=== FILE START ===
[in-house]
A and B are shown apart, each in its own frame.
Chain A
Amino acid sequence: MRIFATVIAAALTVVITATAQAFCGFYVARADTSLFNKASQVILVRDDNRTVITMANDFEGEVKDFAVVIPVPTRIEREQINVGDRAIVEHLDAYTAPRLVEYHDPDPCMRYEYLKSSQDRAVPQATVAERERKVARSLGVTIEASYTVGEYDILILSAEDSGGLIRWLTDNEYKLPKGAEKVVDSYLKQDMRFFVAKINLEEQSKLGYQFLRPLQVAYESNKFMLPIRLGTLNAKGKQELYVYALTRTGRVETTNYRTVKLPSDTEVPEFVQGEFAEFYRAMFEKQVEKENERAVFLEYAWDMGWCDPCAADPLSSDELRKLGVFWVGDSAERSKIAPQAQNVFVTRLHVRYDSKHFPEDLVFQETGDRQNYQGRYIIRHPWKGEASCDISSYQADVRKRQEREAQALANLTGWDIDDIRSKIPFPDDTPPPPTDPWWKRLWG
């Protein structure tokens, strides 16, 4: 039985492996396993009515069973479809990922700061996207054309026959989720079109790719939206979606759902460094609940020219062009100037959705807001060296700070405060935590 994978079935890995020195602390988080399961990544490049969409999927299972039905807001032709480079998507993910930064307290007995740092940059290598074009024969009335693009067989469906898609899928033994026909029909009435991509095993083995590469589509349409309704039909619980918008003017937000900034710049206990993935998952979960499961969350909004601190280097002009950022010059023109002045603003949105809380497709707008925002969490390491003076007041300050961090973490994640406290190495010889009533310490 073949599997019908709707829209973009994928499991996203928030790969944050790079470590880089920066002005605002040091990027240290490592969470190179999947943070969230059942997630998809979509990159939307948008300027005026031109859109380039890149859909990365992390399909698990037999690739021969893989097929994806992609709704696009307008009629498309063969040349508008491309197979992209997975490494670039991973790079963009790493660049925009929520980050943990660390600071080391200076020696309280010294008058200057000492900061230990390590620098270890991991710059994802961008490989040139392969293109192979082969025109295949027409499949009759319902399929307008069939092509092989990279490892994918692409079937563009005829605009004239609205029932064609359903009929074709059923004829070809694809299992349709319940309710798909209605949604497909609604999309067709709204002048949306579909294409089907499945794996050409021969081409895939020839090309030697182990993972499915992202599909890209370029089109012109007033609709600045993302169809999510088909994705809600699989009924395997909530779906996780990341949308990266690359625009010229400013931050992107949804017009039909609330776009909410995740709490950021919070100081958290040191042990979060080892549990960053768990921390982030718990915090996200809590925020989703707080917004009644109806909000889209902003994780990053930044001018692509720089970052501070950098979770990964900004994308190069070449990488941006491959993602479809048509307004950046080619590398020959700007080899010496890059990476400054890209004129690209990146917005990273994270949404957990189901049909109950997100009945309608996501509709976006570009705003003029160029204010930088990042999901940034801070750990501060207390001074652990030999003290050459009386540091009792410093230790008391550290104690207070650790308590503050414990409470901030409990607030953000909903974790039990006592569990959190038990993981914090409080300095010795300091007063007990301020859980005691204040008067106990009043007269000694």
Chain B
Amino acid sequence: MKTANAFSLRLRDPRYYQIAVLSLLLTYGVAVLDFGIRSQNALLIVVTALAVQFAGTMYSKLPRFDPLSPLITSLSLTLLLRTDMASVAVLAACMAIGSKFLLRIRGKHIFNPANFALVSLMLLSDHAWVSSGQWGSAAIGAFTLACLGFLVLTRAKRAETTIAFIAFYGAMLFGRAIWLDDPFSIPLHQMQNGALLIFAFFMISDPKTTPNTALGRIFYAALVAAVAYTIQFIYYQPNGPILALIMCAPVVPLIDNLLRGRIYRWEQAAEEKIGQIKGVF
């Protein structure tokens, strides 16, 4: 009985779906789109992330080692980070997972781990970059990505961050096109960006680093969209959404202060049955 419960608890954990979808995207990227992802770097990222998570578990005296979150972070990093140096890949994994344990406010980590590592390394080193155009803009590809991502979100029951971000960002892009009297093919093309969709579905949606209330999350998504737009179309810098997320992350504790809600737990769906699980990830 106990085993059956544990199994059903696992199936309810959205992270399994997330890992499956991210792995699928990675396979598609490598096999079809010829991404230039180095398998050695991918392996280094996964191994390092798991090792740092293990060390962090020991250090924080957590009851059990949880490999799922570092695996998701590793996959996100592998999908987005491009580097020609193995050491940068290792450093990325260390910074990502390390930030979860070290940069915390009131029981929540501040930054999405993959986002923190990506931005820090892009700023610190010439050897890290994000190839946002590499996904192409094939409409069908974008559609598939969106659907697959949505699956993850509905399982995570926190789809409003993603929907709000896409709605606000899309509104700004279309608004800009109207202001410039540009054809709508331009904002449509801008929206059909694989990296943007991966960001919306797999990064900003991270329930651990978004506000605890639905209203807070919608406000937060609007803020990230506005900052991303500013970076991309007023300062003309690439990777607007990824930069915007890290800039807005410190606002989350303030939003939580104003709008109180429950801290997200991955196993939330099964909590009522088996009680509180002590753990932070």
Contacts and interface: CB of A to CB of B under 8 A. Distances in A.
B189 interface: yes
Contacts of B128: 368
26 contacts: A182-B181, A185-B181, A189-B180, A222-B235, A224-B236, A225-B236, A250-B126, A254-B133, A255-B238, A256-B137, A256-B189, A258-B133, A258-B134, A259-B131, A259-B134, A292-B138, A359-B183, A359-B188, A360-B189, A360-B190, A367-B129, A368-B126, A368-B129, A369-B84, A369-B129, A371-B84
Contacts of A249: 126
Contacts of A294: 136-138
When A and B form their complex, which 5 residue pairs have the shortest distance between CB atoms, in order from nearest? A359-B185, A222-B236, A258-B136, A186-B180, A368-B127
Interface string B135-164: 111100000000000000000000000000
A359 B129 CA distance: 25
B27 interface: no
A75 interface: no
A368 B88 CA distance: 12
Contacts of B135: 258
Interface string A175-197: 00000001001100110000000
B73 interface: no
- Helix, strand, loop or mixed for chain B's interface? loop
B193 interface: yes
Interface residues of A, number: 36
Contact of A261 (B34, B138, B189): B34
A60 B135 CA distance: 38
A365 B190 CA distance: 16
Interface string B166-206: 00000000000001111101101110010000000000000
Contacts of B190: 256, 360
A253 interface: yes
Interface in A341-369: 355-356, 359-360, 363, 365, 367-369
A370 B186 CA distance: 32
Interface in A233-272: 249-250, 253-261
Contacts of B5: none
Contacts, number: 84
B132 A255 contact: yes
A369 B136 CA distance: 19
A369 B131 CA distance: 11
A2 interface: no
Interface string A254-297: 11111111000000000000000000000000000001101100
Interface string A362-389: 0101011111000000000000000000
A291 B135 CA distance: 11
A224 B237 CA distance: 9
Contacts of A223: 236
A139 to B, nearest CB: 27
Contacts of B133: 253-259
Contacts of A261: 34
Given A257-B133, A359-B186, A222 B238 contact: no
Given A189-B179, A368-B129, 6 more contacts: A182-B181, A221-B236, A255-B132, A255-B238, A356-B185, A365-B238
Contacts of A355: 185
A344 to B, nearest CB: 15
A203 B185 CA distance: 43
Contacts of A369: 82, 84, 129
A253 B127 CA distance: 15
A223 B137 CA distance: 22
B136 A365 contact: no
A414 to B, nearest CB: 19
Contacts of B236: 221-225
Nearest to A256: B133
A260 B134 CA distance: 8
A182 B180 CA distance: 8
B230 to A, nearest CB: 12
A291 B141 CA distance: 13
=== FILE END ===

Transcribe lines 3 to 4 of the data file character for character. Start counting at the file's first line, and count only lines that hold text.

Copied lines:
Chain A
Amino acid sequence: MRIFATVIAAALTVVITATAQAFCGFYVARADTSLFNKASQVILVRDDNRTVITMANDFEGEVKDFAVVIPVPTRIEREQINVGDRAIVEHLDAYTAPRLVEYHDPDPCMRYEYLKSSQDRAVPQATVAERERKVARSLGVTIEASYTVGEYDILILSAEDSGGLIRWLTDNEYKLPKGAEKVVDSYLKQDMRFFVAKINLEEQSKLGYQFLRPLQVAYESNKFMLPIRLGTLNAKGKQELYVYALTRTGRVETTNYRTVKLPSDTEVPEFVQGEFAEFYRAMFEKQVEKENERAVFLEYAWDMGWCDPCAADPLSSDELRKLGVFWVGDSAERSKIAPQAQNVFVTRLHVRYDSKHFPEDLVFQETGDRQNYQGRYIIRHPWKGEASCDISSYQADVRKRQEREAQALANLTGWDIDDIRSKIPFPDDTPPPPTDPWWKRLWG